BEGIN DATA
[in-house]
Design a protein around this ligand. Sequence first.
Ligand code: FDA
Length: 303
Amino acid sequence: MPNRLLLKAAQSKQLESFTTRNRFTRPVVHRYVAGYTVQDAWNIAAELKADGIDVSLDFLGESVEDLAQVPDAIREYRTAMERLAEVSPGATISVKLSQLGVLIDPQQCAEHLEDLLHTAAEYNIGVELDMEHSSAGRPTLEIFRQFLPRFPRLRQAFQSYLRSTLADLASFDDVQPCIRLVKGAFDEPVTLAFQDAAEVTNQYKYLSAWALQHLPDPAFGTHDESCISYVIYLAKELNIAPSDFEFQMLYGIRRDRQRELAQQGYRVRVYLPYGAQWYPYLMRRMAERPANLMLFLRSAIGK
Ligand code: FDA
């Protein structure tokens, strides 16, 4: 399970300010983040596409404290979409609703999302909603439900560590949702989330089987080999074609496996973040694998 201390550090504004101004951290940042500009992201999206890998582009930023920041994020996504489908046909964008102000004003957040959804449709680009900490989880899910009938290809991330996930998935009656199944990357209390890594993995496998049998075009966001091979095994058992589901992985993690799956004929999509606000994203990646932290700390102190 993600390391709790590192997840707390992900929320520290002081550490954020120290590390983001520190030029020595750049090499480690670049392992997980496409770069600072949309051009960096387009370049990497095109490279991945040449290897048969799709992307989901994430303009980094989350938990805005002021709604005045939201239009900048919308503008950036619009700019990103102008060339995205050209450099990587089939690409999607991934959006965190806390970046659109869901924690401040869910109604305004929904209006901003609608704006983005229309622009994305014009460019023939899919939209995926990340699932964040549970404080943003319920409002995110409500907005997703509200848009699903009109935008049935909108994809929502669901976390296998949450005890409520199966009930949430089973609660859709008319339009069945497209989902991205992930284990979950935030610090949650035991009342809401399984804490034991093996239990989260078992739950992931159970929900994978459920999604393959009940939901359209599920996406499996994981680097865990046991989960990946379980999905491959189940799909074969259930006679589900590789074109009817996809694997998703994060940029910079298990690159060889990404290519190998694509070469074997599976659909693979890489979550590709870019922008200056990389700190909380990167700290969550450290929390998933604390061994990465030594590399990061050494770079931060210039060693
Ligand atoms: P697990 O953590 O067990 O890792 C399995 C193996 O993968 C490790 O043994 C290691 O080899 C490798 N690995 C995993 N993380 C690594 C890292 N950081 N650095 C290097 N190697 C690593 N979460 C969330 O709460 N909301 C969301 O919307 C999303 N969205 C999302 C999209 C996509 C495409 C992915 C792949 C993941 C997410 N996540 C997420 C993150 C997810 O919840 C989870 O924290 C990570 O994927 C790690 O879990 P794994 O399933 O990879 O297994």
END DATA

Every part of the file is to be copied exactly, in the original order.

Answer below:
[in-house]
Design a protein around this ligand. Sequence first.
Ligand code: FDA
Length: 303
Amino acid sequence: MPNRLLLKAAQSKQLESFTTRNRFTRPVVHRYVAGYTVQDAWNIAAELKADGIDVSLDFLGESVEDLAQVPDAIREYRTAMERLAEVSPGATISVKLSQLGVLIDPQQCAEHLEDLLHTAAEYNIGVELDMEHSSAGRPTLEIFRQFLPRFPRLRQAFQSYLRSTLADLASFDDVQPCIRLVKGAFDEPVTLAFQDAAEVTNQYKYLSAWALQHLPDPAFGTHDESCISYVIYLAKELNIAPSDFEFQMLYGIRRDRQRELAQQGYRVRVYLPYGAQWYPYLMRRMAERPANLMLFLRSAIGK
Ligand code: FDA
């Protein structure tokens, strides 16, 4: 399970300010983040596409404290979409609703999302909603439900560590949702989330089987080999074609496996973040694998 201390550090504004101004951290940042500009992201999206890998582009930023920041994020996504489908046909964008102000004003957040959804449709680009900490989880899910009938290809991330996930998935009656199944990357209390890594993995496998049998075009966001091979095994058992589901992985993690799956004929999509606000994203990646932290700390102190 993600390391709790590192997840707390992900929320520290002081550490954020120290590390983001520190030029020595750049090499480690670049392992997980496409770069600072949309051009960096387009370049990497095109490279991945040449290897048969799709992307989901994430303009980094989350938990805005002021709604005045939201239009900048919308503008950036619009700019990103102008060339995205050209450099990587089939690409999607991934959006965190806390970046659109869901924690401040869910109604305004929904209006901003609608704006983005229309622009994305014009460019023939899919939209995926990340699932964040549970404080943003319920409002995110409500907005997703509200848009699903009109935008049935909108994809929502669901976390296998949450005890409520199966009930949430089973609660859709008319339009069945497209989902991205992930284990979950935030610090949650035991009342809401399984804490034991093996239990989260078992739950992931159970929900994978459920999604393959009940939901359209599920996406499996994981680097865990046991989960990946379980999905491959189940799909074969259930006679589900590789074109009817996809694997998703994060940029910079298990690159060889990404290519190998694509070469074997599976659909693979890489979550590709870019922008200056990389700190909380990167700290969550450290929390998933604390061994990465030594590399990061050494770079931060210039060693
Ligand atoms: P697990 O953590 O067990 O890792 C399995 C193996 O993968 C490790 O043994 C290691 O080899 C490798 N690995 C995993 N993380 C690594 C890292 N950081 N650095 C290097 N190697 C690593 N979460 C969330 O709460 N909301 C969301 O919307 C999303 N969205 C999302 C999209 C996509 C495409 C992915 C792949 C993941 C997410 N996540 C997420 C993150 C997810 O919840 C989870 O924290 C990570 O994927 C790690 O879990 P794994 O399933 O990879 O297994």